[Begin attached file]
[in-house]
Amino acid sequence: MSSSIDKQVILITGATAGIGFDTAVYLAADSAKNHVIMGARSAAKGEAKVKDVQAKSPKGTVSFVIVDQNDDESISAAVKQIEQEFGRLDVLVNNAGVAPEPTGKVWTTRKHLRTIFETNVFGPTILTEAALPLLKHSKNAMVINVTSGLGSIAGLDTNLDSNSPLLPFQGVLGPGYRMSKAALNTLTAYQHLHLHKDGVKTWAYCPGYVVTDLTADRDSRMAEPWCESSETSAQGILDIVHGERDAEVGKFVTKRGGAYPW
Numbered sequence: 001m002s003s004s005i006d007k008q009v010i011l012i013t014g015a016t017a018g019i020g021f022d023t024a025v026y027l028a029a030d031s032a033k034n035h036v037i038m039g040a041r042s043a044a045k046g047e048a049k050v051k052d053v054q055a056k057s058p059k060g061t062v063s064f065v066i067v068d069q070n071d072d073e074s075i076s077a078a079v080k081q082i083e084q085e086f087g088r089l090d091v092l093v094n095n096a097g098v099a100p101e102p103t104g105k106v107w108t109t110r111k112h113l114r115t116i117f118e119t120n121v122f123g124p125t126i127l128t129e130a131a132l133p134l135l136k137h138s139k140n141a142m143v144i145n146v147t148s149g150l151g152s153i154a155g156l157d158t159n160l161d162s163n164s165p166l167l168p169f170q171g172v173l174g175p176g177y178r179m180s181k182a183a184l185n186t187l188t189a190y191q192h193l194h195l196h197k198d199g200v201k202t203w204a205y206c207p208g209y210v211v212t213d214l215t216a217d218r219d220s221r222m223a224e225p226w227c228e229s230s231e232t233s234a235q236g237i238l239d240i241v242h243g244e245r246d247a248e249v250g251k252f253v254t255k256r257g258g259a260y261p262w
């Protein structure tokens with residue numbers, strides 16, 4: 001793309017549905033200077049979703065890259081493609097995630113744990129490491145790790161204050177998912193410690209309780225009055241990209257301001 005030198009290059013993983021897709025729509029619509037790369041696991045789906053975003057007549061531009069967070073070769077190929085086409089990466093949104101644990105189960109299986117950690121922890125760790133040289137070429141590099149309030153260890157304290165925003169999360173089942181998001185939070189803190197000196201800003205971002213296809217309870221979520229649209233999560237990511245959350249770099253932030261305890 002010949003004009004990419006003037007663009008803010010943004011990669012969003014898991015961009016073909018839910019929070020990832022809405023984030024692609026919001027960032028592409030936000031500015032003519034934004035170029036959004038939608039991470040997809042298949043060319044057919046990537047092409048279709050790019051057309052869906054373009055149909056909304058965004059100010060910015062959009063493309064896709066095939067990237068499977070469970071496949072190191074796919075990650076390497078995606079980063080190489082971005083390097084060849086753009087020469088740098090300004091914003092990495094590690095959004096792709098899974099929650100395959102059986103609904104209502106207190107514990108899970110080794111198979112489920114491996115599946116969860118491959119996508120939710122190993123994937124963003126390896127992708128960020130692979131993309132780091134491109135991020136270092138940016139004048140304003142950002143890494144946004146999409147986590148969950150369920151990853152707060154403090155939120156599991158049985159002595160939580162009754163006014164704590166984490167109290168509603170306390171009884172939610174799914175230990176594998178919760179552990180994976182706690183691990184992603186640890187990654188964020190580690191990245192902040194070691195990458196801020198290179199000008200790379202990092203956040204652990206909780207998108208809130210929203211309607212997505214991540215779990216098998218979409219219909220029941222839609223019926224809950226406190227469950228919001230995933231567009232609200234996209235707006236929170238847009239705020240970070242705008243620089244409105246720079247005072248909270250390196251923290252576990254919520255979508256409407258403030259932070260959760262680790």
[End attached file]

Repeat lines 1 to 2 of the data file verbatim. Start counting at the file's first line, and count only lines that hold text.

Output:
[in-house]
Amino acid sequence: MSSSIDKQVILITGATAGIGFDTAVYLAADSAKNHVIMGARSAAKGEAKVKDVQAKSPKGTVSFVIVDQNDDESISAAVKQIEQEFGRLDVLVNNAGVAPEPTGKVWTTRKHLRTIFETNVFGPTILTEAALPLLKHSKNAMVINVTSGLGSIAGLDTNLDSNSPLLPFQGVLGPGYRMSKAALNTLTAYQHLHLHKDGVKTWAYCPGYVVTDLTADRDSRMAEPWCESSETSAQGILDIVHGERDAEVGKFVTKRGGAYPW